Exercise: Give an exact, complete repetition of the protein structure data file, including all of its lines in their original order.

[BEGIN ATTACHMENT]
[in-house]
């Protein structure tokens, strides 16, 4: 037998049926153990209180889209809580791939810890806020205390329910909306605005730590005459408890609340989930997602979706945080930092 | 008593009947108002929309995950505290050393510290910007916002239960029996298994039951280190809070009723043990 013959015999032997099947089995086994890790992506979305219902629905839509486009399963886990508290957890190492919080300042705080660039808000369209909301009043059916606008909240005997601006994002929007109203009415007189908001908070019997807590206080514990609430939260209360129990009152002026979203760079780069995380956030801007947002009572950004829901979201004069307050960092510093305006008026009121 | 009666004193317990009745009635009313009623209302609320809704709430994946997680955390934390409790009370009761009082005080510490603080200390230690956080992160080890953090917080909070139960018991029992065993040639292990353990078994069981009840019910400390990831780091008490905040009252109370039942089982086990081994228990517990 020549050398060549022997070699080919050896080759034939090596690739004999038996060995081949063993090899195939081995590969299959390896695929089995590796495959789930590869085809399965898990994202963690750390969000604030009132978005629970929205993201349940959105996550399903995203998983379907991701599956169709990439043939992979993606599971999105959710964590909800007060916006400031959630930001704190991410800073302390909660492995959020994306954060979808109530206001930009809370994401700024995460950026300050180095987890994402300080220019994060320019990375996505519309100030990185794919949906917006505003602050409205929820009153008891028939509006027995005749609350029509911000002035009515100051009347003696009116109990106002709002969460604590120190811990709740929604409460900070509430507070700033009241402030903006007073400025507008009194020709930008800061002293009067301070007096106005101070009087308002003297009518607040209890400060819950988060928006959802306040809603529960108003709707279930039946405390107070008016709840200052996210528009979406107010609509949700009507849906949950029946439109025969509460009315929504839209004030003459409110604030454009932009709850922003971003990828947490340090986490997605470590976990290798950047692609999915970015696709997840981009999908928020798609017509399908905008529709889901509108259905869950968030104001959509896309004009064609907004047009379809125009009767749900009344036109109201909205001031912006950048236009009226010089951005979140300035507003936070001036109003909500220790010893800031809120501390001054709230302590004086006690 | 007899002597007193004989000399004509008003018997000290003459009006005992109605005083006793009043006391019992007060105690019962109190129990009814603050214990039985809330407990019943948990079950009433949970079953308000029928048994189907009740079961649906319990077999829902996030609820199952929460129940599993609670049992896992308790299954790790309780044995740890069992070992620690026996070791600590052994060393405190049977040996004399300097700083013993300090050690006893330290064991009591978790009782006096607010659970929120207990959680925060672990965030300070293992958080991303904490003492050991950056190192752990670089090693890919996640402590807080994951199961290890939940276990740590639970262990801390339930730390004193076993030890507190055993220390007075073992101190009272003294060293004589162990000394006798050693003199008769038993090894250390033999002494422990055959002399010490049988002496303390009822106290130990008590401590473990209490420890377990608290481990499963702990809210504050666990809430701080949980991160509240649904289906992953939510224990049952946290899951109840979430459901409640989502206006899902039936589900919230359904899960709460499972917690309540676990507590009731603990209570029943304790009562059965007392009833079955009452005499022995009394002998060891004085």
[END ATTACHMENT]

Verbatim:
[in-house]
């Protein structure tokens, strides 16, 4: 037998049926153990209180889209809580791939810890806020205390329910909306605005730590005459408890609340989930997602979706945080930092 | 008593009947108002929309995950505290050393510290910007916002239960029996298994039951280190809070009723043990 013959015999032997099947089995086994890790992506979305219902629905839509486009399963886990508290957890190492919080300042705080660039808000369209909301009043059916606008909240005997601006994002929007109203009415007189908001908070019997807590206080514990609430939260209360129990009152002026979203760079780069995380956030801007947002009572950004829901979201004069307050960092510093305006008026009121 | 009666004193317990009745009635009313009623209302609320809704709430994946997680955390934390409790009370009761009082005080510490603080200390230690956080992160080890953090917080909070139960018991029992065993040639292990353990078994069981009840019910400390990831780091008490905040009252109370039942089982086990081994228990517990 020549050398060549022997070699080919050896080759034939090596690739004999038996060995081949063993090899195939081995590969299959390896695929089995590796495959789930590869085809399965898990994202963690750390969000604030009132978005629970929205993201349940959105996550399903995203998983379907991701599956169709990439043939992979993606599971999105959710964590909800007060916006400031959630930001704190991410800073302390909660492995959020994306954060979808109530206001930009809370994401700024995460950026300050180095987890994402300080220019994060320019990375996505519309100030990185794919949906917006505003602050409205929820009153008891028939509006027995005749609350029509911000002035009515100051009347003696009116109990106002709002969460604590120190811990709740929604409460900070509430507070700033009241402030903006007073400025507008009194020709930008800061002293009067301070007096106005101070009087308002003297009518607040209890400060819950988060928006959802306040809603529960108003709707279930039946405390107070008016709840200052996210528009979406107010609509949700009507849906949950029946439109025969509460009315929504839209004030003459409110604030454009932009709850922003971003990828947490340090986490997605470590976990290798950047692609999915970015696709997840981009999908928020798609017509399908905008529709889901509108259905869950968030104001959509896309004009064609907004047009379809125009009767749900009344036109109201909205001031912006950048236009009226010089951005979140300035507003936070001036109003909500220790010893800031809120501390001054709230302590004086006690 | 007899002597007193004989000399004509008003018997000290003459009006005992109605005083006793009043006391019992007060105690019962109190129990009814603050214990039985809330407990019943948990079950009433949970079953308000029928048994189907009740079961649906319990077999829902996030609820199952929460129940599993609670049992896992308790299954790790309780044995740890069992070992620690026996070791600590052994060393405190049977040996004399300097700083013993300090050690006893330290064991009591978790009782006096607010659970929120207990959680925060672990965030300070293992958080991303904490003492050991950056190192752990670089090693890919996640402590807080994951199961290890939940276990740590639970262990801390339930730390004193076993030890507190055993220390007075073992101190009272003294060293004589162990000394006798050693003199008769038993090894250390033999002494422990055959002399010490049988002496303390009822106290130990008590401590473990209490420890377990608290481990499963702990809210504050666990809430701080949980991160509240649904289906992953939510224990049952946290899951109840979430459901409640989502206006899902039936589900919230359904899960709460499972917690309540676990507590009731603990209570029943304790009562059965007392009833079955009452005499022995009394002998060891004085």